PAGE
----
Wisconsin attorney general candidate says fast food workers should get a “real job”


Brad Schimel, the Republican candidate for Attorney General in Wisconsin, is just sick and tired of debating about the mininum wage. He told supporters at a Milwaukee County Republicans party:

“I want every one of our neighbors to have a job again, a well-paid job, so we don’t have to argue about minimum wage for someone working at Burger King. Let’s get them a real job.”

This oh-so-tedious minumum wage debate is happening because in November, voters in many Wisconsin counties will vote on “advisary referendums” to demand their lawmakers raise the minimum wage from $7.25 to $10.10 an hour. Actually, under Wisconsin law, all workers must already be paid a living wage. Low-wage workers have been telling Gov. Scott Walker that $7.25 is not a living wage for awhile now–a living wage for a single parent in Madison would actually be $21/hour–but he has declared it so.

In fact, Walker recently said he doesn’t think the minimum wage “serves a purpose” at all, saying he wants to create jobs that pay “two or three times that.” The sentiment expressed by Schimel and Walker is a common conservative talking point–and a huge scam. The idea that instead of ensuring that low-wage jobs give people enough money to pay rent and fucking eat we should just get them better jobs is nothing more than a way for conservatives to pretend they care about poor people by ignoring reality. Let’s talk about some real facts…

It’s a real fact that there about 3 million fast food workers in this country, and there is no indication that Americans’ love of fries and processed burgers will wane anytime soon.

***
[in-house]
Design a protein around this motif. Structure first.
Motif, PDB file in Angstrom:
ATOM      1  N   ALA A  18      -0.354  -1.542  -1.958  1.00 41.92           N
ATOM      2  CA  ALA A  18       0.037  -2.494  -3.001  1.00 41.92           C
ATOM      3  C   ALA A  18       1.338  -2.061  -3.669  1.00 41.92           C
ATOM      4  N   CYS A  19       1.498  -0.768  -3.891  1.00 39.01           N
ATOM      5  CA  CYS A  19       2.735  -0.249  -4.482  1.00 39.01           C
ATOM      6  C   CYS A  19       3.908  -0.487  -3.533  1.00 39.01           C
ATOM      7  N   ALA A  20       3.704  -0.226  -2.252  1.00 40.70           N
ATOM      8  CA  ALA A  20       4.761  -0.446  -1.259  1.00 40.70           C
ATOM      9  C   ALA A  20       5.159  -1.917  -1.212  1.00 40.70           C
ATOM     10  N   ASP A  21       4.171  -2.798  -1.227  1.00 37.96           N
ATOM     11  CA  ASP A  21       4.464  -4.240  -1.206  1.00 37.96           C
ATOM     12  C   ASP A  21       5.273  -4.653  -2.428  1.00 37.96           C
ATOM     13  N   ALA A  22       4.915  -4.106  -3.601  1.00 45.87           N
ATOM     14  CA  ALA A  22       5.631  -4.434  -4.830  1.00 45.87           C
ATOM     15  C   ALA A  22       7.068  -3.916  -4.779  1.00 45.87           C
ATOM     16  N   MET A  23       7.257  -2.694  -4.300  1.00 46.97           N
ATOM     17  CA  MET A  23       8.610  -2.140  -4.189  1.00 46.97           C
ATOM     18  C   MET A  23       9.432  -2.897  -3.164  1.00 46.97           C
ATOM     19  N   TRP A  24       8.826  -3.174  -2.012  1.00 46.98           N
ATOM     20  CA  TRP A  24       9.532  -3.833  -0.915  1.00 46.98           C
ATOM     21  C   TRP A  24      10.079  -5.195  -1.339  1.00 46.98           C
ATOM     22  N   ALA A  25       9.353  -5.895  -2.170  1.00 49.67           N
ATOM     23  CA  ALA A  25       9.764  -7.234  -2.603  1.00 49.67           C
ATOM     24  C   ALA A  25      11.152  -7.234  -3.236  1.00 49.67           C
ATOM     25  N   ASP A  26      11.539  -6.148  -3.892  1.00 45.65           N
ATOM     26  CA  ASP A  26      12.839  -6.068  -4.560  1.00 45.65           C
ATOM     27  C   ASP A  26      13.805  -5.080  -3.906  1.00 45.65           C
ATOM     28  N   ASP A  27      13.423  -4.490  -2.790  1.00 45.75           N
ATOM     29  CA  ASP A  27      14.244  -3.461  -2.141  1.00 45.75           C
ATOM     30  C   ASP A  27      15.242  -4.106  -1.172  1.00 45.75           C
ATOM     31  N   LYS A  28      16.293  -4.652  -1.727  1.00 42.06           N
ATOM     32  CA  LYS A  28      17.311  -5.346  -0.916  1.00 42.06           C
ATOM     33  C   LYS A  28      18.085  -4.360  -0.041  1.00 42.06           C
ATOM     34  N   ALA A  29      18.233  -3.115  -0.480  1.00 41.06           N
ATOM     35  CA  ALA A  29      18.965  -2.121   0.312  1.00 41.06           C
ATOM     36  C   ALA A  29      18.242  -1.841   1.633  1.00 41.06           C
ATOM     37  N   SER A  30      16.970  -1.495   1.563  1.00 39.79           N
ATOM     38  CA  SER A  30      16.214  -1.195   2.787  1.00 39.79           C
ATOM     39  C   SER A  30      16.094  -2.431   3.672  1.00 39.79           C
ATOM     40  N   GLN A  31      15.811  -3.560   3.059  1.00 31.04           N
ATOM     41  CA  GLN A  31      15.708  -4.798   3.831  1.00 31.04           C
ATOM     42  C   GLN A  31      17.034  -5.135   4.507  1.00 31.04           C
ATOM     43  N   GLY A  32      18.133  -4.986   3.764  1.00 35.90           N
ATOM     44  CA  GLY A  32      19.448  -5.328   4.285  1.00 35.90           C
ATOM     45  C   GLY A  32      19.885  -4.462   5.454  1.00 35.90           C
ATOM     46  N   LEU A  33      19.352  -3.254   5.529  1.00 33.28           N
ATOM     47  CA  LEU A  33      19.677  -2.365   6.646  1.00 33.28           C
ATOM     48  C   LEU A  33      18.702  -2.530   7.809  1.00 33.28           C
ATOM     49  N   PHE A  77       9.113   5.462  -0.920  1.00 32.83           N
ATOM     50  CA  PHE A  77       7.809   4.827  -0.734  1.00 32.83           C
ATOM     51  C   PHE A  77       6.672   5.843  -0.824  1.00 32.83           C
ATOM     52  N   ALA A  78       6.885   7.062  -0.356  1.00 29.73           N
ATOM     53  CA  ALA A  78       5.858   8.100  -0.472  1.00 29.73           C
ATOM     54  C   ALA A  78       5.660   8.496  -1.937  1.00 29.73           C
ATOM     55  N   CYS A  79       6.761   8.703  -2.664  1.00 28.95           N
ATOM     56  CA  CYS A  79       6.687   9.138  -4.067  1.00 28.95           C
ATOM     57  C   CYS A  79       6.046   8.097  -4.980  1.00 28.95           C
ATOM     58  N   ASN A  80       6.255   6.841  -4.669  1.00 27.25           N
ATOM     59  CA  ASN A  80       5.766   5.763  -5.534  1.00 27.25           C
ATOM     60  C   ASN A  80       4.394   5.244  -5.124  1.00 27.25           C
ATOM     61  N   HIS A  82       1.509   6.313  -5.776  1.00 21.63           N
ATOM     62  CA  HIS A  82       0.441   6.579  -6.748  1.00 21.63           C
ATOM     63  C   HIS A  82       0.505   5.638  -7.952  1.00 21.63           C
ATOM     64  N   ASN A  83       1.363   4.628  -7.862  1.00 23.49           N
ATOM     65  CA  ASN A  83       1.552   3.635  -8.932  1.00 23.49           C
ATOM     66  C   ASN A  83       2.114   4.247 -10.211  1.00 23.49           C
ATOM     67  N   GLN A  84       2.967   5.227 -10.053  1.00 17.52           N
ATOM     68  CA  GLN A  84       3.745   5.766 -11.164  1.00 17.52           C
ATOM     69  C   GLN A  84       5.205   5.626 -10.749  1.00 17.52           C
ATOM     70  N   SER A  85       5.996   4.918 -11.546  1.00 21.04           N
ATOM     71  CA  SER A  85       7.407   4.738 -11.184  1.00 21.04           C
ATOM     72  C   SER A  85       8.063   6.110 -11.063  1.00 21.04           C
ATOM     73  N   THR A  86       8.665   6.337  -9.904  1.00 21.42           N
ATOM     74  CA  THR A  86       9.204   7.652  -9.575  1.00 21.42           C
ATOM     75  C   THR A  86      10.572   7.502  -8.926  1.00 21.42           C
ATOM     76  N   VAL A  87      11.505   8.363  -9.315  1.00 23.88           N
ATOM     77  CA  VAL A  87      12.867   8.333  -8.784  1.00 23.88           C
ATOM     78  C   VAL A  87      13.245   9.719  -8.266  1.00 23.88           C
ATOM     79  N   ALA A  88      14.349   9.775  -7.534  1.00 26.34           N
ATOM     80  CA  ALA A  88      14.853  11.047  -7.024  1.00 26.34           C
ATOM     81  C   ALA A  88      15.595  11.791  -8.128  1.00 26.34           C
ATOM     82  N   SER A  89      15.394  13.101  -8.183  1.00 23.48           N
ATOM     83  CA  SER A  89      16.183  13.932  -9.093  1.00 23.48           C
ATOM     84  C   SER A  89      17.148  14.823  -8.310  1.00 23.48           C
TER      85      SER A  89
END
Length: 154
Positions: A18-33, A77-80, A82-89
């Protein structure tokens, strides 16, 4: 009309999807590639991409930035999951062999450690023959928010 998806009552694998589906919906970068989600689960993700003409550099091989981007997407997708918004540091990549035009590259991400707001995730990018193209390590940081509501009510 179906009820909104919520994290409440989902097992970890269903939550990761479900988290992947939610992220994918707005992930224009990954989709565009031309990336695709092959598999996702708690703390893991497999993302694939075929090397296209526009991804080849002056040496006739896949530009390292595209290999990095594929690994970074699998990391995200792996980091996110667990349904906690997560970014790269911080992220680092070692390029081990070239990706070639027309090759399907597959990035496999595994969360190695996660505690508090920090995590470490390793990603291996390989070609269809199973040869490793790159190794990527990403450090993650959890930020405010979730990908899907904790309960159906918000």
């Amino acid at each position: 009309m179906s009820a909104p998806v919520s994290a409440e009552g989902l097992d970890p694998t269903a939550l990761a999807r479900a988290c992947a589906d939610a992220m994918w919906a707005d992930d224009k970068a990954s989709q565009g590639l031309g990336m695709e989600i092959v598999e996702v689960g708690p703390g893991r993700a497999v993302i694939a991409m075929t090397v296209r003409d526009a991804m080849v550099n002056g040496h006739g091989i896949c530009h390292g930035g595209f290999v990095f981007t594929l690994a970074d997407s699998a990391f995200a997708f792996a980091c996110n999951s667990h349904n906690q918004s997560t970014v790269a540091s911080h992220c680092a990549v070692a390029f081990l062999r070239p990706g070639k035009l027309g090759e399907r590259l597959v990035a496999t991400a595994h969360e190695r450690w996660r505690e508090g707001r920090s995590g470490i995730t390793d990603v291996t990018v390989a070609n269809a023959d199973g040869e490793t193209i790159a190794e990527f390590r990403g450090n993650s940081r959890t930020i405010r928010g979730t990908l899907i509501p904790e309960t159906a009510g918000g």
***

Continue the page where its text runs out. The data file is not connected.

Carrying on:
It’s a real fact that few of these workers are teenagers “flipping burgers” as a summer job–two thirds are women, disproportionately women of color, and their medium age is 28.

It’s a real fact that these workers are usually supporting kids, often by themselves, with their apparently not-real fast food jobs.

It’s a real fact that minumum wage workers in Wisconsin are currently relying on food pantries, pawning their possessions, losing their homes, dropping out of school, skimping on medical care, and struggling to afford the bus fare to even get to their non-real jobs.

It is a real fact that the cost of living–rent, food, clothes, health care, school supplies, etc.–must by paid in real money, regardless of whether or not the job you have is a “real” one according to Brad Schimel.

But perhaps that shouldn’t be the case. Since, as far as I can tell, the Wisconsin Republican leadership’s plan for fixing poverty is apparently installing robot cashiers at Burger King and conjuring up some $21/hour jobs to hand out to former fast food workers, it only seems fair that in the meantime, while they work on pulling off this impressive feat, those workers who are currently trying to make ends meet in “non-real” minimum wage jobs should be able pay for their basic needs in Monopoly money.

Fast food workers join forces with home care workers to demand higher wages
Fast food workers across the nation strike for better wages
Support the striking fast-food workers in New York City
Women need a raise in the minimum wage

Maya DusenberyMaya Dusenbery is an Executive Director of Feministing.

St. Paul, MN

Maya Dusenbery is executive director in charge of editorial at Feministing. She is the author of the forthcoming book Doing Harm: The Truth About How Bad Medicine and Lazy Science Leave Women Dismissed, Misdiagnosed, and Sick (HarperOne, March 2018). She has been a fellow at Mother Jones magazine and a columnist at Pacific Standard magazine. Her work has appeared in publications like Cosmopolitan.com, TheAtlantic.com, Bitch Magazine, as well as the anthology The Feminist Utopia Project. Before become a full-time journalist, she worked at the National Institute for Reproductive Health. A Minnesota native, she received her B.A. from Carleton College in 2008. After living in Brooklyn, Oakland, and Atlanta, she is currently based in the Twin Cities.

Maya Dusenbery is an executive director of Feministing and author of the forthcoming book Doing Harm on sexism in medicine.

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